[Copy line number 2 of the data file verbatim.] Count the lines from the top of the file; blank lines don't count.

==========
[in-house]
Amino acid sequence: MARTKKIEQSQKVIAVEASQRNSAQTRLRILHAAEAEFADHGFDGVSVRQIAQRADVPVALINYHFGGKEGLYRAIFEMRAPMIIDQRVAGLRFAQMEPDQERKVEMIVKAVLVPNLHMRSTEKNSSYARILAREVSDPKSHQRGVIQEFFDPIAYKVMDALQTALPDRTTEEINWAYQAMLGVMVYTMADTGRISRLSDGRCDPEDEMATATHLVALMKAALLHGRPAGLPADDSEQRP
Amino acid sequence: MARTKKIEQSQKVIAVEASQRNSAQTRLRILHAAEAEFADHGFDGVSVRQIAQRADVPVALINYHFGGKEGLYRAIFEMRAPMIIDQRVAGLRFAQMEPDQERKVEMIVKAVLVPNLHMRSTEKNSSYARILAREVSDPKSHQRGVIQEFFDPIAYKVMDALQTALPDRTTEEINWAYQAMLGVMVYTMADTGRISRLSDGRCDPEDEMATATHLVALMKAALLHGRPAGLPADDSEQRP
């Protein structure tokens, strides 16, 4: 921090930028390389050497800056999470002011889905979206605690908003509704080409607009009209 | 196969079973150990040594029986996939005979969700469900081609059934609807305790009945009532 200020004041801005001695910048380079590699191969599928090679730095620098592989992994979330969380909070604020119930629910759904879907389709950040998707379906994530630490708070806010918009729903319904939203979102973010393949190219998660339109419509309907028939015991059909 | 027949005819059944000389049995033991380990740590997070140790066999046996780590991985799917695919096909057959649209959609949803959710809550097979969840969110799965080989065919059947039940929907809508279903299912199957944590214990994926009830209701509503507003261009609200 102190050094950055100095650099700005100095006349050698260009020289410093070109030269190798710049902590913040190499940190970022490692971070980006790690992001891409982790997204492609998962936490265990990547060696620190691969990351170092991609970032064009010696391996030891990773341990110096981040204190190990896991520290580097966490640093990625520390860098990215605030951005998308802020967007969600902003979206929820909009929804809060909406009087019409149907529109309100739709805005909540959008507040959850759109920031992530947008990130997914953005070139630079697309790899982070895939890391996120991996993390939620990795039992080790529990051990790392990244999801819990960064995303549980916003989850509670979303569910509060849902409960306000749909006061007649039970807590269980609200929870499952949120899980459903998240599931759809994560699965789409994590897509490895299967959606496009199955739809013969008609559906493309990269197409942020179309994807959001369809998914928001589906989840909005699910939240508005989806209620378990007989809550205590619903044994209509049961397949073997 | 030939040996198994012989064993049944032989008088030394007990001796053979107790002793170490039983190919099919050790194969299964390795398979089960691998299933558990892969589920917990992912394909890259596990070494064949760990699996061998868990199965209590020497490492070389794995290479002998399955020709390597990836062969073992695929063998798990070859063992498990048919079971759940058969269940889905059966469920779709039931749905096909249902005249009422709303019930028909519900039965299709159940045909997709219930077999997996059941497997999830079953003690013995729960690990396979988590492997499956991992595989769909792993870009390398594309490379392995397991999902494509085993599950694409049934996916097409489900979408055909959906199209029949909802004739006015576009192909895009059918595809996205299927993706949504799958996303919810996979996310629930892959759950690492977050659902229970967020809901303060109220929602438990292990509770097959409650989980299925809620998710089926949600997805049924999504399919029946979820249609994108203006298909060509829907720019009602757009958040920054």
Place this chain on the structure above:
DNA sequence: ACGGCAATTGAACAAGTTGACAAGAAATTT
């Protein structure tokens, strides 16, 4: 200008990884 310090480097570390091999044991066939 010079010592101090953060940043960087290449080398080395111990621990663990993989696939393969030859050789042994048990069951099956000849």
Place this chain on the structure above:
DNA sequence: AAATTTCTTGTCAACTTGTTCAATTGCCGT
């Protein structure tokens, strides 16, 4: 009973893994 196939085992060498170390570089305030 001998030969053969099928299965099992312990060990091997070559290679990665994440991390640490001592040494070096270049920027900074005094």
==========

Amino acid sequence: MARTKKIEQSQKVIAVEASQRNSAQTRLRILHAAEAEFADHGFDGVSVRQIAQRADVPVALINYHFGGKEGLYRAIFEMRAPMIIDQRVAGLRFAQMEPDQERKVEMIVKAVLVPNLHMRSTEKNSSYARILAREVSDPKSHQRGVIQEFFDPIAYKVMDALQTALPDRTTEEINWAYQAMLGVMVYTMADTGRISRLSDGRCDPEDEMATATHLVALMKAALLHGRPAGLPADDSEQRP